Friday, October 2, 2015
Articles from across the Web that we at the IBM Center for The Business of Government found interesting, September 28 – October 2, 2015. Dan Chenok New poll shows Americans value #privacy along with #technology and #cybersecurity. Former DHS CIO and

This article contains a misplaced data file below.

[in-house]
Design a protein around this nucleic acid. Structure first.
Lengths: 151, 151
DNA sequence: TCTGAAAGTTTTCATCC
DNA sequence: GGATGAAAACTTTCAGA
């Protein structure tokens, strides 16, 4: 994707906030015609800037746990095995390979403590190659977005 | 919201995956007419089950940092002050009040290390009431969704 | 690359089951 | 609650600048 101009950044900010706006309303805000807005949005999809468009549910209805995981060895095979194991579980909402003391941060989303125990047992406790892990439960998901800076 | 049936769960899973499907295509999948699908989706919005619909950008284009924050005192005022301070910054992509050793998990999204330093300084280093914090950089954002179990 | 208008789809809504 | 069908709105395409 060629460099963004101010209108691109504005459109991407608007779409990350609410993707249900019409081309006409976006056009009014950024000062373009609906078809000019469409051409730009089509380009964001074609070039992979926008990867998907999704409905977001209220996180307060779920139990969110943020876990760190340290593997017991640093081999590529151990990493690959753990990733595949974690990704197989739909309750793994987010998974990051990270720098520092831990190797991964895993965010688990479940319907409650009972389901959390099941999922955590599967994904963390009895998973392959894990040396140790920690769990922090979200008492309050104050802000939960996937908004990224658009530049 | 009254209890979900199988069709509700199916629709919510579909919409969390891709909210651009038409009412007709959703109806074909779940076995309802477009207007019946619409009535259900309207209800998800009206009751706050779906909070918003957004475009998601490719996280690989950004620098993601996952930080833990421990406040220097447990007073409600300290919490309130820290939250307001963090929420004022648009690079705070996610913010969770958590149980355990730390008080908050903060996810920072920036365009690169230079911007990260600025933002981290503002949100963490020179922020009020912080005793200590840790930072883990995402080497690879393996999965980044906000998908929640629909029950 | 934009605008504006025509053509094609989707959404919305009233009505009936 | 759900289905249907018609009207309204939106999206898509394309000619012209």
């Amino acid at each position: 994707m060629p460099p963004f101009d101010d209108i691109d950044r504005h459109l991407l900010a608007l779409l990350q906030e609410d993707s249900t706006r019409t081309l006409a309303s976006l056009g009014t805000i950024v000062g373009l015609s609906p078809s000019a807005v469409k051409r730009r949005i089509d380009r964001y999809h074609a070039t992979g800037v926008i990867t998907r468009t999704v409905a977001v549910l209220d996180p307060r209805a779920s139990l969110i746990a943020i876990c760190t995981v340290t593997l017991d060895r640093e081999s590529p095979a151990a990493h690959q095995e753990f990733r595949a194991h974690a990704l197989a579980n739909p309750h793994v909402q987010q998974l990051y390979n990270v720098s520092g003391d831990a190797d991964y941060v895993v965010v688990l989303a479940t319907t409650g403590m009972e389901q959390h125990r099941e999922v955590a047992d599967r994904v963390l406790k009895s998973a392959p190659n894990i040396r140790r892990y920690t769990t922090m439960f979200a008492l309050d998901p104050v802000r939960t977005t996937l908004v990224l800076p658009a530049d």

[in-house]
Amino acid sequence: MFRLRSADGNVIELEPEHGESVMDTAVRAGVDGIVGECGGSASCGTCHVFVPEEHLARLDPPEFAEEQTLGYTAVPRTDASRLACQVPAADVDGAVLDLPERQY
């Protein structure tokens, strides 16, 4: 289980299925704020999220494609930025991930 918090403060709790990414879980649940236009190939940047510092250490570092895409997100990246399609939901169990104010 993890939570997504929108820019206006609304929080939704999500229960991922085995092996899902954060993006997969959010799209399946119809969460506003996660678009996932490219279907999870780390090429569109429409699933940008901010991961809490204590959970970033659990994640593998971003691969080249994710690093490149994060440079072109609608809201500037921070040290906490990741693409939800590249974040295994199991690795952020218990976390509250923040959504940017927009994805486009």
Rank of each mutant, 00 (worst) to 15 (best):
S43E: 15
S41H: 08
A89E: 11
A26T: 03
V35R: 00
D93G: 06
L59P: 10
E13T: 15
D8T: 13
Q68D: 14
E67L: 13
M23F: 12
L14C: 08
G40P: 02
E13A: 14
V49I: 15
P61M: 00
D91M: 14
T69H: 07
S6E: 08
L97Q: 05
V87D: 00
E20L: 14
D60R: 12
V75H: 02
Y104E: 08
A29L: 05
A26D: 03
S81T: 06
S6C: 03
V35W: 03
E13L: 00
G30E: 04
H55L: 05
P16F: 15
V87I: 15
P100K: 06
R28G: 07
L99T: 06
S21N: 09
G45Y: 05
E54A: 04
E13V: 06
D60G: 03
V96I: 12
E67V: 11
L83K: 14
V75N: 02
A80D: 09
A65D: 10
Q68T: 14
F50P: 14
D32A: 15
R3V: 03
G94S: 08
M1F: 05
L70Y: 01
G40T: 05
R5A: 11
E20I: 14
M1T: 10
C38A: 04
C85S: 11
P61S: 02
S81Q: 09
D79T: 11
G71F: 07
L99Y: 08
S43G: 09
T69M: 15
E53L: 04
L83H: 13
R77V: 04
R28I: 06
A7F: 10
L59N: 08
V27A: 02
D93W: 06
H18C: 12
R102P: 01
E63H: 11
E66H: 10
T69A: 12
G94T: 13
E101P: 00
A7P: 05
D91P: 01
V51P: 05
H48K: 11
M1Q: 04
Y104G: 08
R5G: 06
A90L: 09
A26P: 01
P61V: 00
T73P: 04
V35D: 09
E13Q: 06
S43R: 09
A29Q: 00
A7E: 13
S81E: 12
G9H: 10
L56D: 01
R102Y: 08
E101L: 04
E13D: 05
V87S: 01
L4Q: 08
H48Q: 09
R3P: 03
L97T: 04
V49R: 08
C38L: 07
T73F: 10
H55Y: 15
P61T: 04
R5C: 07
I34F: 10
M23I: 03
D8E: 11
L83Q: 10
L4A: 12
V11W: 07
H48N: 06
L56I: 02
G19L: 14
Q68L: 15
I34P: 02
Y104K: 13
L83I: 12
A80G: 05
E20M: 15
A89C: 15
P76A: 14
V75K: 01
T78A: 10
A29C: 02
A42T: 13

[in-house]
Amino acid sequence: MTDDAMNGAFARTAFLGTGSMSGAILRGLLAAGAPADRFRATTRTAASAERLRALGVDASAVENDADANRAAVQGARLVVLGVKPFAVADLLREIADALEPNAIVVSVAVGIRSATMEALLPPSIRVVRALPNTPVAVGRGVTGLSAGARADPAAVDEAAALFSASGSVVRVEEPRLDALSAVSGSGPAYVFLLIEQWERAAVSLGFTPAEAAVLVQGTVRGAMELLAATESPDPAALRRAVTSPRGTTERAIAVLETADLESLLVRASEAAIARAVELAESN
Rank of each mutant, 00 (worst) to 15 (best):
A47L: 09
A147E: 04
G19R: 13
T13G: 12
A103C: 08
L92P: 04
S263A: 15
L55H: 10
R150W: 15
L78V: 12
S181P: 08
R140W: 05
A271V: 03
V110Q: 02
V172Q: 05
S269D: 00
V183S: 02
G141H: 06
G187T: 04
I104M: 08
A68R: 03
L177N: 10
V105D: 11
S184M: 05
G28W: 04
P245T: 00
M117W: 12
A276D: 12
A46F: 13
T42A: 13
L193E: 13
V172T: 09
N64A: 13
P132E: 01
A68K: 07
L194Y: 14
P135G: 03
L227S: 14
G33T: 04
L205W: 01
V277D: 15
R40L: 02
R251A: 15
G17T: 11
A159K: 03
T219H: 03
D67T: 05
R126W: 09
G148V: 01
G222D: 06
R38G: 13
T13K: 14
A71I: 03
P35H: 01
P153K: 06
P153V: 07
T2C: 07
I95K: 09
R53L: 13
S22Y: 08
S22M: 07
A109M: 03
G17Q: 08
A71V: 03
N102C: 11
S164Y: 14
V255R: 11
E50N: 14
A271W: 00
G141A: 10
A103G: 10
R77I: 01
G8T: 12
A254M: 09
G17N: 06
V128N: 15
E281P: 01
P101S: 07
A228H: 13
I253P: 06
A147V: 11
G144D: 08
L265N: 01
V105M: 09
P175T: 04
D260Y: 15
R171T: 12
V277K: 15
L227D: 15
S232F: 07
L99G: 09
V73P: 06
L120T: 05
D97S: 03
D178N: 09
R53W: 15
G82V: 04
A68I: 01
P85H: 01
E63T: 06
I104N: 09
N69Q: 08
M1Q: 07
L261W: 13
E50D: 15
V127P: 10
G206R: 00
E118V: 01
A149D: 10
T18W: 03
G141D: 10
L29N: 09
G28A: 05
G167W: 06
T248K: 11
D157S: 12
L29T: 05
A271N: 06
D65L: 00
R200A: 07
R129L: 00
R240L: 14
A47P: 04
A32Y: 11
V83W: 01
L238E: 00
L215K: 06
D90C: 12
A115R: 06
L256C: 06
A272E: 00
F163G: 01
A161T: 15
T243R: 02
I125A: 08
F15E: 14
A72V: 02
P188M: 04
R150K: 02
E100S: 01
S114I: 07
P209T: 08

Try Before You Buy. In a Government Executive column, Shelley Metzenbaum writes: “Well-designed small-scale testing can help government achieve greater impact not only at a lower cost but also in more fair, understandable ways. Government should embrace “test marketing” as a business-as-usual management practice, not an exceptional event.” Mid-Level Rotations. Government Executive reports that: “The Obama administration wants more of its mid-level managers to rotate throughout government, according to a new memorandum from the Office of Personnel Management.” The interagency program, launched in 2011 for high-potential GS-13s thru -15s, has sponsored more than 350 rotation assignments. RATB Roundup. Government Executive reports that the Recovery Accountability and Transparency Board shut its doors on September 30th, as required by law. The Board was created in 2009 to oversee the spending of more than $800 billion in Recovery Act monies. Its work contributed to the effective implementation of the initiative and led to the passage of a law requiring regular tracking of all federal monies. More Accountable SES. Federal News Radio reports that the Office of Personnel Management has released new guidelines to standardize across agencies the way the performance of senior career executives will be assessed: “The changes come after President Barack Obama announced a number of reforms to the SES program last December in order to prepare for the upcoming wave of senior managers eligible for retirement in 2017.” Employee Engagement Scores Up. After dropping for several years, governmentwide employee engagement survey scores ticked up this year. According to Federal News Radio: “The Office of Personnel Management posted this year’s results on Sept. 28 on UnlockTalent.gov, where they were made available to the public for the first time.” Small agencies improved more than large agencies. More employees responded to the survey than did last year, which is an encouraging sign that managers are actually acting on survey results. DOD Cutbacks Confirmed. Government Executive reports that Congress agreed to substantial cuts in the Defense Department’s headquarters, administrative and support offices. They will have five years to reduce their workforces by 25 percent, saving about $10 billion. Improper Payments Rise. According to Federal News Radio, a Senate hearing on the 14 percent increase in improper payments last year, to $125 billion, was searching for root causes and came to the conclusion that there isn’t enough information to understand the problem. About three-quarters of improper payments occur in three programs: Medicare, Medicaid, and the Earned Income Tax Credit. Year-end Spending Not Necessarily Bad. Federal News Radio reports on another Senate hearing, this one addressing year-end spending and waste. According to one witness, University of Maryland professor Phil Joyce: ““In the current fiscal environment, end of year spending practices are an entirely understandable, even reasonable response to the dysfunction and unpredictability of the appropriations process.” Michael Keegan Inside the CIA's new Digital Directorate. The CIA's brand new Directorate for Digital Innovation brings together the spy agency's CIO shop, cyber capabilities, and open source intelligence. FAA looks to 2016 for drone rules. The aviation regulator missed a Congressional deadline to develop rules of the sky-ways for drones. GAO Outlines Five Key Obstacles to Achieving Interoperability. A new Government Accountability Office report highlights five key barriers to interoperability identified by representatives from nonfederal initiatives aimed at improving health data exchange. Meanwhile, several representatives said the meaningful use program has diverted attention and resources from interoperability efforts. FierceEMR et al. Health Care Is Increasingly Moving to the Cloud, but How Does Security Stack Up? The health care industry increasingly is turning to cloud hosting platforms to store sensitive patient data. Proponents say cloud service providers have stepped up security protections, but critics say there are still risks. Health Care System Transitions From ICD-9 to ICD-10 Code Set. Today, the U.S. health care system transitioned from the ICD-9 to the ICD-10 code set, which requires the industry to change out about 14,000 codes for about 68,000 codes. While some industry groups are optimistic about the transition, a recent Sermo poll finds providers are not as confident. Vox et al Audits Fault OCR for Lax HIPAA Oversight, Data Breach Follow-Up. An HHS Office of Inspector General report says the agency's Office for Civil Rights must improve its oversight of HIPAA-covered entities, noting that its approach so far has been "primarily reactive." Meanwhile, a separate OIG report says OCR must strengthen its follow-up action on reported data breaches. FierceHealthIT, Politico's "Morning eHeadlines.” * * * * * The Business of Government Radio Show. What are DOJ’s the key financial management priorities? How is United Financial Management System (UFMS) enhancing decision-making across the enterprise? What made the UFMS implementation so successful? Join host Michael Keegan as he explores these questions and more with Jolene Lauria, Controller, U.S. Department of Justice. Broadcast Schedule: The show airs Monday at 11 a.m., and Wednesday at noon, on Federal News Radio 1500AM WFED If you can't wait, though, you can listen to (or download) this week's program and all our previous interviews at businessofgovernment.org.

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